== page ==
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fear of rejection

V-Card Diaries: Emily Dickingson "Is there anyone that could love me for me enough that my extreme involuntary virgin status wouldn't turn him off?"

Writing from: Cleveland, Ohio

Age: Late 30s

How I define virginity: My definition seems to align w/society's definition: not having engaged in sexual intercourse of the baby-making variety.

But really, MY definition of virginity for myself is MUCH broader and encompasses many more issues. I read an article in Psychology Today that was a review of research on involuntary sexual virgins, and I very closely identified with what the research describes: adults who are virgins not of their own choosing.

The research studies showed that for involuntary virgins, there were often signs of this fate far back in childhood. Here, the author of the article highlights some of the "tells" of eventual involuntary adult virgins: children who are isolated, have a hard time making friends, are made fun of by their peers, children who feel strongly socially awkward and therefore prefer to play alone.

All of these descriptors applied to me. As such, I never was asked to a school dance, or asked to dance, or asked out on a date. I've never been on a date. I have never been kissed. Forget rounding the bases, I've never even been invited to the game. I have zip-zero-nada experience with anything related to love or romance or flirting or dating or sex.

I am very lonely, and I crave companionship. I yearn for a sexual partner, but only if we are in love with each other. Sex with strangers just for the sex frightens me; I'm scared of all the ways it would go wrong because of my lack of knowledge or experience. On the other hand, sex with someone I love and who loves me is also scary because of all the pressure that would be put on both of us. Is there anyone that could love me for me? Love me enough that my extreme involuntary virgin status wouldn't turn him off?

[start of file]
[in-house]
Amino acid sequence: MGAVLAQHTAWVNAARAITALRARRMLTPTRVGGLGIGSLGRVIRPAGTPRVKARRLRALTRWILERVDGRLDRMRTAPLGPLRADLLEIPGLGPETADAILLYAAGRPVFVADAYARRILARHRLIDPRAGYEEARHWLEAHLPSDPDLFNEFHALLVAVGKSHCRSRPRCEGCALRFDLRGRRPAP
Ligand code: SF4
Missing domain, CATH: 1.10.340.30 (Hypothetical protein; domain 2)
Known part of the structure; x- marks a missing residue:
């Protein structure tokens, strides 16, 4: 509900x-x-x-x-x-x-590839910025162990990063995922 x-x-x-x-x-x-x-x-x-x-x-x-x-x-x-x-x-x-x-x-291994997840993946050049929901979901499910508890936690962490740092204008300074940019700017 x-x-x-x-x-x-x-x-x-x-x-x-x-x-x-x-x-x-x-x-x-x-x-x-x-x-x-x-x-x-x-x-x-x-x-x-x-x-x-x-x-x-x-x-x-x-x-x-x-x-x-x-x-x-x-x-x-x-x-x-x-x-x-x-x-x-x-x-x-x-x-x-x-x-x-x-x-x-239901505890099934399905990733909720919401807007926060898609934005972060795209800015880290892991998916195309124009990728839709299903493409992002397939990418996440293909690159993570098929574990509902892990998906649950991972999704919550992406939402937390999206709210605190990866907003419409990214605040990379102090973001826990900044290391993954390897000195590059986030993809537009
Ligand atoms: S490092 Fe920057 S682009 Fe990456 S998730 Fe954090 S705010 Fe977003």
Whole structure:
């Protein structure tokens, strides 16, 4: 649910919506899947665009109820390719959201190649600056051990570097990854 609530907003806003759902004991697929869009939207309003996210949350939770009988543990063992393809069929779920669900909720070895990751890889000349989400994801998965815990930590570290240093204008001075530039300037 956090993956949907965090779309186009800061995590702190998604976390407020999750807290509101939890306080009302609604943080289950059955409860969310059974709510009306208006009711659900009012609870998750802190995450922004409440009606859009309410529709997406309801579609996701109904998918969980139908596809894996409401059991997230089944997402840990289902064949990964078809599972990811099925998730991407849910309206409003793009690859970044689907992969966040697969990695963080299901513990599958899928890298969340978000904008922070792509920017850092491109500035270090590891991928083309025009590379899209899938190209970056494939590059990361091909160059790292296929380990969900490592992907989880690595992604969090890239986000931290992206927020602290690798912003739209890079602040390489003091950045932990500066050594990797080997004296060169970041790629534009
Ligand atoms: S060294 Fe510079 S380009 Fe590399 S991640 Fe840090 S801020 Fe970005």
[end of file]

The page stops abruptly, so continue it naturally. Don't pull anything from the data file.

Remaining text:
If you want to tell your story, go to our submission form. You can find all our V-Card Diaries here. Find The V-Card Diaries here on most Wednesdays.

Only Connect...

The other day I was re-reading our V-Card Diaries stories, and I was reminded that people who have never had sex are sometimes dealing with personal issues that go beyond the lack of physical experience. So I was struck by this excerpt from Vivian Gornick's New York Times essay on British author E. M. Forster, author of Howards End, as well as A Room With A View, A Passage to India, and Maurice:

Forster was 31 years old when “Howards End” appeared, at which time he was a closeted homosexual and a virgin who knew nothing of how erotic relations worked — with any combination of partners. His ignorance weighed on him, and in his imagination sex achieved a mythical power that became symbolic of all in human existence that one could feel but not express, imagine but not realize. His fearfulness was such that until now he had known neither passion nor love; what he did know was yearning. This yearning energized his work but also limited it. In time he lost his virginity, but sex alone did not provide experience. Anxiety — that frozen sea within — still made it impossible for him to dive deep into the kind of desire that leads to self-knowledge; and without self-knowledge all remains murk and isolation.

Dear Young Men: Don't get hung up on the V-Word

Two great articles speaking directly to men about virginity and sexuality. We ladies cover this topic a lot on the blog, and I also enjoyed sharing similar ideas in an interview for an upcoming documentary on male virginity. Unfortunately, we ladies sometimes get a bit of pushback when we weigh in on this topic, but luckily, here's the same straight dope from a couple of actual dudes. So listen up and seriously, read the whole stories at the links. They are both super smart. From "Dear young men: The old stereotypes of what it is to be a 'man' are a load of rubbish" in The Independent

At about age 14, boys feel like they have to start bullshitting about their sexual exploits in order to survive. The pressure on these kids is just too great for them to speak frankly about it. Ignore what everyone says about their sex lives. They are lying, all of them, at least a little.

Forget the word “virgin” as a descriptor for both yourself and others. It’s an archaic, irrelevant word, meant to stigmatise and shame people. It oversells a person’s first sex act as some grand, transformational experience, which supposedly vindicates a young man and spoils a young woman. It’s an obsolete, religious, judgmental word. Let’s leave  it behind.

From "The Problem With Male Virginity" in Paging Dr. Nerdlove

Your value doesn’t come from who you have or haven’t slept with. It doesn’t come from where you fall on the bell-curve of starting sexual activity, whether you were precocious or a late bloomer. Your value as a person comes from how you act and how you make others feel. It’s about what you bring to the table as a whole person, not how many vaginas you’ve managed to talk your way into.